Apr 9, 2010

Interesting journal: Aether- The Journal of Media Geography (A convergence of disciplines)

Aether is hosted by the College of Social and Behavioral Sciences at California State University, Northridge. The April issue is editied by Tristan Thielmann, and "explores the spatial turn in media studies and the media turn in geographical studies, providing a sketch of the subject area "geomedia" from a phenomenological perspective and the field of "media geography" from a disciplinary perspective".

Aether the Journal of Media Geography

Tristan Thielmann, from the University of Seigen, introduces this topic in "Locative Media and Mediated Localities: An Introduction to Media Geography" (pdf)

Thanks to Anne Galloway for the link!

By the way,  Anne Galloway has been blogging since 2002.  Her blog chronicles her intellectual path as she worked on her Ph.D., and more recently, her experiences teaching courses such as "Design Anthropology".    

Her dissertation, "A Brief History of the Future of Urban Computing and Locative Media" (pdf) was completed in 2008. If you are interested in ubiquitous computing and interesting theories, its worth reading, especially if your brain needs some deep feeding.  

I plan to re-read it this summer.

Here is an excerpt:

"The types of ubiquitous or pervasive computing of primary interest in my thesis are those that openly seek to create unique forms of inhabitable space and means of habitation—thereby raising issues of spatialisation, temporalisation, embodiment and affect. So-called mixed reality technologies are explicitly concerned with such questions, and mixed reality environments refer to spaces that combine elements of the physical and virtual worlds. According to Milgram et al. (1994:1), “rather than regarding the two concepts simply as antitheses, however, it is more convenient to view them as lying at opposite ends of a continuum, which we refer to as the Reality-Virtuality (RV) continuum.” At one end of the continuum are seen to be “real” objects that can be observed directly or "sampled and then resynthesized via some display device,” while at the other end are “virtual” objects that are “simulated” through “some sort of a description, or model, of the object” (Milgram and Kishino 1994:1).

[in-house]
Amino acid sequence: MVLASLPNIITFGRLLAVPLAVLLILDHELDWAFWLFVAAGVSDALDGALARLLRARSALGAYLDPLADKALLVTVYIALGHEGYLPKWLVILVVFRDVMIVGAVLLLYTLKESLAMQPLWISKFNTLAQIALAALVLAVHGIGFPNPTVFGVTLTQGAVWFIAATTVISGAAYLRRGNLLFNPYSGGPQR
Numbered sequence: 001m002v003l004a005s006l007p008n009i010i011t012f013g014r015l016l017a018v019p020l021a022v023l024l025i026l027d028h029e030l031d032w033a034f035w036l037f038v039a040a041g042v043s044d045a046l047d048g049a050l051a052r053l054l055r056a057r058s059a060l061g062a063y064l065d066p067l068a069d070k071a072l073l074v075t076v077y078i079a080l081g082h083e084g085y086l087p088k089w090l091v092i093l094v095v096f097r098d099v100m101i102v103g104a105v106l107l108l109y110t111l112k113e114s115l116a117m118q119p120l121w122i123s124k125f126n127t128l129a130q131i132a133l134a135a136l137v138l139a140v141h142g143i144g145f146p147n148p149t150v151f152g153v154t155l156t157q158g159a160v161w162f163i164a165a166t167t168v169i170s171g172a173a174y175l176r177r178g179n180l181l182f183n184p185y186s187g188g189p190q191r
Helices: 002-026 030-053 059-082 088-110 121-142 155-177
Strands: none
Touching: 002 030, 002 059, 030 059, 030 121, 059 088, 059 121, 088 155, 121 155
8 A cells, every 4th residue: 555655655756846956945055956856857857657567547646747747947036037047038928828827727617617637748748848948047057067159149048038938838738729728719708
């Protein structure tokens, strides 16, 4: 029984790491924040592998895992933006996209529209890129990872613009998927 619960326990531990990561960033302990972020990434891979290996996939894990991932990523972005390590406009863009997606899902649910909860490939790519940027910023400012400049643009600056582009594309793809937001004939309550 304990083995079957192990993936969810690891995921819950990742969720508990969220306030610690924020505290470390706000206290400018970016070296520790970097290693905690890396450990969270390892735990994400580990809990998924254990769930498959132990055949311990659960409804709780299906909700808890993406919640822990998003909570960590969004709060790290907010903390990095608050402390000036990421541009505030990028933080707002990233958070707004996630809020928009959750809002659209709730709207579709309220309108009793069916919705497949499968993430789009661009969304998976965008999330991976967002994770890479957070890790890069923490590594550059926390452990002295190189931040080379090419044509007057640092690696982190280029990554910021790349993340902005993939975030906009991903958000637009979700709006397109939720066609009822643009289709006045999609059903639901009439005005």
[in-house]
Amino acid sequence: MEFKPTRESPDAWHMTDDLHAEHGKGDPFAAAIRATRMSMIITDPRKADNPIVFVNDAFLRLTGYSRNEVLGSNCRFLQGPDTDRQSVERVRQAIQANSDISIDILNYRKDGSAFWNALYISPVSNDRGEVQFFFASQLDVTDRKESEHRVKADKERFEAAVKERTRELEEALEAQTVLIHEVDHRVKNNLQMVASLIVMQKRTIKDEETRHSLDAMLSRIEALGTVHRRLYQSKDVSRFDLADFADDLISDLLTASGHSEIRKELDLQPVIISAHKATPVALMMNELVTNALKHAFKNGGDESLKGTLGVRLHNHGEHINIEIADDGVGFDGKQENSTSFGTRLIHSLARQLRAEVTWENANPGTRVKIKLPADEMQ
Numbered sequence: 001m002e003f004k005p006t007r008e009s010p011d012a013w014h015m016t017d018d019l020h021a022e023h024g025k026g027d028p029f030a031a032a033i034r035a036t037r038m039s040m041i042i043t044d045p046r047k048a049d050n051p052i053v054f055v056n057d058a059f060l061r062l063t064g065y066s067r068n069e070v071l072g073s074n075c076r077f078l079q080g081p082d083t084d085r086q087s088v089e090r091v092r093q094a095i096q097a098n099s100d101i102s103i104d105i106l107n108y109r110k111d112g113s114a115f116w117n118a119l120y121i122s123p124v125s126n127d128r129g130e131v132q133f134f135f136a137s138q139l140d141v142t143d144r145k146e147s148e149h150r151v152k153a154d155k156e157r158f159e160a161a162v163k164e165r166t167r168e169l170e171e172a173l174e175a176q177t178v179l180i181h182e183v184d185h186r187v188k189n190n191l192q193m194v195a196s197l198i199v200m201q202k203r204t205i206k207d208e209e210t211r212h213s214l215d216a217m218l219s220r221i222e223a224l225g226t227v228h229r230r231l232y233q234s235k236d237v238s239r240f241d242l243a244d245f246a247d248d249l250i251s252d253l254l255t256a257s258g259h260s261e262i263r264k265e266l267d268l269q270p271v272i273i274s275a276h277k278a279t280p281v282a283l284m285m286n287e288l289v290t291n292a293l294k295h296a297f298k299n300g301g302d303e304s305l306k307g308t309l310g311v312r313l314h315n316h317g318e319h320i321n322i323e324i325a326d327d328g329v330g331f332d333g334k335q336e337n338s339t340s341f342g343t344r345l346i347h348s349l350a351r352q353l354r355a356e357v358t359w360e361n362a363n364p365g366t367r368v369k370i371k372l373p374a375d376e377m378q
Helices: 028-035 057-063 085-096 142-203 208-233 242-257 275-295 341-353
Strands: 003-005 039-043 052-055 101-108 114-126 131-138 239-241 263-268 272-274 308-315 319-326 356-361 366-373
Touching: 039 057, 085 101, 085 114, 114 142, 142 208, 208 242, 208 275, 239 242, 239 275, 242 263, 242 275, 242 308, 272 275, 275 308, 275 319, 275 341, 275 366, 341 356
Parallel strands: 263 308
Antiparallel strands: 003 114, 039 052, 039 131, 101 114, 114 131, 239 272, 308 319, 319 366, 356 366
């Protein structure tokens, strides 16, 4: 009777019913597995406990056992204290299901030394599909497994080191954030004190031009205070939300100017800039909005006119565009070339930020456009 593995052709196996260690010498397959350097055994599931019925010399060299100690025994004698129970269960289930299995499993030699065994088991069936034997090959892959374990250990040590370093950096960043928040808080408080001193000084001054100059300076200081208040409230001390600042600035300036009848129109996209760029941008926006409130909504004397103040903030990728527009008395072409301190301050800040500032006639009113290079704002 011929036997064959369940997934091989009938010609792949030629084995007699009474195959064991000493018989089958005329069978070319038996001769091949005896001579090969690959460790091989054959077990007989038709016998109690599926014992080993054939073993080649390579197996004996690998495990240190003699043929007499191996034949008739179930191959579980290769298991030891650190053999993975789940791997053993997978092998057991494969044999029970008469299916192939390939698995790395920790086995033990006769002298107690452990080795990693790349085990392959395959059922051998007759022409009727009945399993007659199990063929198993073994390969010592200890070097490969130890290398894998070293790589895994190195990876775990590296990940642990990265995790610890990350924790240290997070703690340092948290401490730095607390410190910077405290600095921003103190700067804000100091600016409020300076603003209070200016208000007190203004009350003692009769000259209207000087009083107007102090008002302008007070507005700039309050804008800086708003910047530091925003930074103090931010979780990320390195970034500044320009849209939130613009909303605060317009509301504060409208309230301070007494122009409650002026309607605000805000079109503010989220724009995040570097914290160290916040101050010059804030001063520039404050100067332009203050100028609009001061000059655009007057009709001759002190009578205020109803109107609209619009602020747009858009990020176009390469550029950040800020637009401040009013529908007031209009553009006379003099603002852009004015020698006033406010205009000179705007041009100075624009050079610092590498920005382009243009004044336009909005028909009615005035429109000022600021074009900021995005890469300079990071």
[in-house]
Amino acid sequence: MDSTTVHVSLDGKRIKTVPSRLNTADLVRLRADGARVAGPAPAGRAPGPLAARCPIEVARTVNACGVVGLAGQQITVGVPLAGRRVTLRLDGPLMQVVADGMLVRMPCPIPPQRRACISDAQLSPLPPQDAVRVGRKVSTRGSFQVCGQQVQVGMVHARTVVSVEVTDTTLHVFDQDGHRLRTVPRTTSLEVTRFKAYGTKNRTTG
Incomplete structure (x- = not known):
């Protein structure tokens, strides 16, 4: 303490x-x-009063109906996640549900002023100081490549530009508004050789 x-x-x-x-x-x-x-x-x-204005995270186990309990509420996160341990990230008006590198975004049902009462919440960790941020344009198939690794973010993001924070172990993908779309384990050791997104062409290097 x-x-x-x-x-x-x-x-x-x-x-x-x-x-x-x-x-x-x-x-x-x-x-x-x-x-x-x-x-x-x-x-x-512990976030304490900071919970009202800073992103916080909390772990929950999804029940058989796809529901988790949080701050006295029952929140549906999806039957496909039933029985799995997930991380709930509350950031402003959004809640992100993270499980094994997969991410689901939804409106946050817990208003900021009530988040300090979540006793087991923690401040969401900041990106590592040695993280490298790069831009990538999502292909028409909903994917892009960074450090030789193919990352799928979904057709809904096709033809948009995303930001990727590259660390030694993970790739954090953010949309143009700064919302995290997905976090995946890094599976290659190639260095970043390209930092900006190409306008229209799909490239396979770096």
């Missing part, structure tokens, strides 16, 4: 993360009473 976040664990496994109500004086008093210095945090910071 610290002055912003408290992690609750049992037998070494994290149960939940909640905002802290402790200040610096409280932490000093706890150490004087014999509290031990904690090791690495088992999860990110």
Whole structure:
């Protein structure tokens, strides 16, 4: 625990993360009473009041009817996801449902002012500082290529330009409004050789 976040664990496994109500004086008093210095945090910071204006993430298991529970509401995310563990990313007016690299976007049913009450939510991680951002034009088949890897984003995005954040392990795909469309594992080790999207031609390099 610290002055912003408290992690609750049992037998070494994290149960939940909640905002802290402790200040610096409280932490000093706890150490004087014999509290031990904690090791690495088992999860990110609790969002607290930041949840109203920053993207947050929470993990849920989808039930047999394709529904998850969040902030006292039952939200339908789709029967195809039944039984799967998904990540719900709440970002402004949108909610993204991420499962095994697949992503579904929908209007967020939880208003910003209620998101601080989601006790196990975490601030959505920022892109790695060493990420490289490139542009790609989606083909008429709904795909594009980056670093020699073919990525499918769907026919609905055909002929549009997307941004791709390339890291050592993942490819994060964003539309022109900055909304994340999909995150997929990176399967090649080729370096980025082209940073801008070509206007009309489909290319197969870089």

I plan to find out more about the editorial board of Aether:    

Paul C. Adams • University of Texas at Austin
Stuart C. Aitken • San Diego State University
David B. Clarke • Swansea University
Christina Dando • University of Nebraska, Omaha
Deborah Dixon • Aberystwyth University
Marcus Doel • Swansea University
Colin R. Gardner • University of California, Santa Barbara
Ken Hillis • The University of North Carolina at Chapel Hill
Sarah F. Ives • Stanford University
Ed Jackiewicz • California State University, Northridge
John Paul Jones III • University of Arizona
Christina Kennedy • Northern Arizona University
Minelle Mahtani • University of Toronto
Susan Mains • University of the West Indies, Mona
Kevin McHugh • Arizona State University
Christopher M. Moreno • San Diego State University
Wolfgang Natter • Virginia Polytechnic Institute
Joseph Palis • University of the Philippines

Brent J. Piepergerdes • University of Kansas
Rob Shields • University of Alberta
Amy Siciliano • University of Wisconsin
Paul F. Starrs • University of Reno, Nevada
Dan Sutko • North Carolina State University
Jonathan Taylor • California State University, Fullerton
Stefan Zimmermann • University of Mainz
Leo Zonn • University of Texas
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